Hopefield Lodge

PHOTOS Jan Ras PRODUCTION Tracy Lynch WORDS Debbie Loots


A charming city slicker made his childhood dream come true when he transformed a ramshackle village homestead into a guesthouse. He didn’t mind that the closest restaurant was half an hour away. 

When he was a child Laurent Bayard lived with his family in an apartment in Lyon, France’s second largest city. On weekends, while visiting his grandparents in the nearby village of Couvaloup (“wolf den”), he fell in love with nature and animals, especially dogs. So much so that he promised himself to one day have his own country home with a plot large enough to keep many furry friends.

Fast-forward to now, and this Frenchman, aka fashion fundi, traveller extraordinaire and astute businessman, has done just that – got himself a rambling 19th-century ranch on a 1.5 hectare plot with lots of animals. 

But, swopping the city buzz for a peaceful country life didn’t mean he was ready to sit on the stoep and watch cows go by. No, he turned his rambling ramshackle into a fancy guesthouse and called it Couvaloup, and it’s not perched in romantic rural France, but on a hilltop in Hopefield, an inconspicuous West Coast dorp where the annual flower fair and cheesy pizza takeaway are as far as local attractions go. 

“I love the countryside!” says Laurent, welcoming us to Couvaloup. He is flanked by two enormous Great Danes, Sacha and Banana. “And, I especially love Hopefield,” he continues, leading us to his bathroom for a surprise. “It’s not like those trendy villages; it’s still undiscovered. Do you know: the nearest restaurant is all the way in Paternoster? I love it!”

In his bathroom we peep into the shower – itself a room within a room. A ginormous cushion, wedged in by a plank, covers the floor, transforming it into the nursery of nine Great Dane puppies. 

“It may not look like it, but this is a beautiful space,” says Laurent. He cuddles a pup while trying to lift a cushion corner for a peep at the floor. “There are really gorgeous Moroccan tiles underneath.” 

He leads the way outside and three more dogs join the congregation on the large veranda to contemplate the view across the property. It stretches down to the river and Laurent points to where he planted 200 new trees, including white stinkwood, Chinese poplars and wild figs. “I watch them grow from my bed every morning,” he says.

Then he points to a double-volume corrugated-iron building, the water of the swimming pool shimmering blue in its large windows. “I found those beautiful frames in a junk shop and decided to build a pool house around them.”

Later, we resume our tour of his beautiful home, whose renovation took a year to complete. “I moved in with my mattress, kettle and the builders,” he says. “It was a massive job. I had 15 people here every day – building, painting, sanding, varnishing.”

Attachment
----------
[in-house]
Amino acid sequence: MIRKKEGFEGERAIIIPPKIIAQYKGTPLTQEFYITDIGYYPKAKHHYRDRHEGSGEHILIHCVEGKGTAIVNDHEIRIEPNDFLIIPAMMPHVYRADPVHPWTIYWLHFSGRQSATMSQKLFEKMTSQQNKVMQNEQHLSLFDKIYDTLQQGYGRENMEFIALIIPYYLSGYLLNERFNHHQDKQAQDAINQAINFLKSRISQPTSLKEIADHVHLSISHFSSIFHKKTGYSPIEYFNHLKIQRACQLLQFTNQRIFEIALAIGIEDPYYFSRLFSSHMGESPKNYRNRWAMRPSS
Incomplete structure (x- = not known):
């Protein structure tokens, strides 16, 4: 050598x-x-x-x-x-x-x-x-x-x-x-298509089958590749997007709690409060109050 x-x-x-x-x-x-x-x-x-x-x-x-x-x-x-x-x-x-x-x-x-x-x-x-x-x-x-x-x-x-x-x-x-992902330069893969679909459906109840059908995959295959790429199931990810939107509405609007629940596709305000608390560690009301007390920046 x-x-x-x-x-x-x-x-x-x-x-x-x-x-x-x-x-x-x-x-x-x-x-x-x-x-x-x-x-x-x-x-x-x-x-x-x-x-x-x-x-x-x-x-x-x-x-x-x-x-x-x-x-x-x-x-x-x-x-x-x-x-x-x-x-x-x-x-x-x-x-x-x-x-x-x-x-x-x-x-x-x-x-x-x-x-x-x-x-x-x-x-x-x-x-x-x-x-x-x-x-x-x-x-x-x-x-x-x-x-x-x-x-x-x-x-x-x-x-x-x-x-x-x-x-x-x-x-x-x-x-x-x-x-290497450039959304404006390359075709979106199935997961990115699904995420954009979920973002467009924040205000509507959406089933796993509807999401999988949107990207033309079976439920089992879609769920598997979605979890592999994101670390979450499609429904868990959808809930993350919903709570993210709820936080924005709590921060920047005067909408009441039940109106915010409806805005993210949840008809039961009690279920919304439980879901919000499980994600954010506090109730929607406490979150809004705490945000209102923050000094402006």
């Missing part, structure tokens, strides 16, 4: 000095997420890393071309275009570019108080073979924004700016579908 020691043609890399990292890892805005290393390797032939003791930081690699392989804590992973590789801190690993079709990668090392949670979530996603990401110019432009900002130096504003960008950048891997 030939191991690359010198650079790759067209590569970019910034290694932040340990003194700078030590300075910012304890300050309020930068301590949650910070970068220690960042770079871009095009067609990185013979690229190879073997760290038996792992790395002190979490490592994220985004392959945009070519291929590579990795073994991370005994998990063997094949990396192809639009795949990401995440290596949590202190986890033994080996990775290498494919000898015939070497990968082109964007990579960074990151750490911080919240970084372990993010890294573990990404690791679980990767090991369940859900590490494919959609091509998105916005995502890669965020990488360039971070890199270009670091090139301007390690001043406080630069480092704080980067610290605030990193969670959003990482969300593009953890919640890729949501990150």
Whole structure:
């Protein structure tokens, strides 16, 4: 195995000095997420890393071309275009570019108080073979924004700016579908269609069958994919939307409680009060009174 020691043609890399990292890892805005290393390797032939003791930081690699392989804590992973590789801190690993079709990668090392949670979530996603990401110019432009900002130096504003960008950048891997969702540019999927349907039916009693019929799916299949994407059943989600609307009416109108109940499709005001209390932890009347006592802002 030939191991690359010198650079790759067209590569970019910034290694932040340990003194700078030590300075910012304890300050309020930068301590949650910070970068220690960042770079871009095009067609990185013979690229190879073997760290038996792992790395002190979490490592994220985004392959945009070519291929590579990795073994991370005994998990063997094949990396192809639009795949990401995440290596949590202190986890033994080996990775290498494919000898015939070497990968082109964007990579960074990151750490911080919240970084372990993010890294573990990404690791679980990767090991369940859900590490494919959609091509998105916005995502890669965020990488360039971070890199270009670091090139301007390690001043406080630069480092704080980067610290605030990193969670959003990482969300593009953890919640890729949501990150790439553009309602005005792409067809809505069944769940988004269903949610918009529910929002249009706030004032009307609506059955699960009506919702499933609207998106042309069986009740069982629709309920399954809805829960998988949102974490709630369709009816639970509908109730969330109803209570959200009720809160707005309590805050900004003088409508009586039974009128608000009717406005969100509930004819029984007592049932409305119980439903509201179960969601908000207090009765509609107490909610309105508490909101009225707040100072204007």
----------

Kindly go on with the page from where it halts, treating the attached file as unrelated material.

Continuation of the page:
The major work included a complete overhaul of the outside barn’s three en-suite bedrooms, as well as repairing and building en-suite bathrooms for the five bedrooms inside. This Laurent did without compromising on spaciousness, allowing the look and feel of each to determine the character of their bathrooms. Another major undertaking was the building of expansive terraces right around the house, onto which all the bedroom doors open up.

The house and barn’s woodwork was also fully restored, from the antique window frames and shutters to the doors and floors. “Getting the old carpeting glue off the floors was like trying to scrape off ancient chewing gum,” Laurent shudders. “Terrible.”

Although private and surrounded by more new trees, the outside barn has easy access through a pretty walkway to the house’s communal lounge and dining room. Here, a 1910 fireplace was restored and in the adjacent room, le petit salon (little lounge), a new gas hearth was built. “This is a place where guests can simply chill.” 

All the interior spaces speak of Laurent’s propensity to collect beautiful stuff, from feathered taxidermy to giant moths pinned in glass boxes, junk-shop display cabinets and collections of retro glassware. Pictures are grouped together in bathrooms and in communal areas while the bedroom wall decor is kept simple. “A bedroom is a resting place,” he says.

In the kitchen Laurent shows the metal unit he designed himself. “Its marble top was cut on site and was so heavy that we had to build concrete support underneath the wooden floors.” 

Back on the veranda Sacha and Shalom nudge at him while he looks across the bridge leading into town. “When I’ve finished looking at the trees from my bed in the morning, I gaze at the bridge. There’s never any traffic, Monday or Sunday.” He suddenly goes wide-eyed. “Except, there was a funeral party going across the other day. My god, what a sight!” He laughs. “I love the countryside!”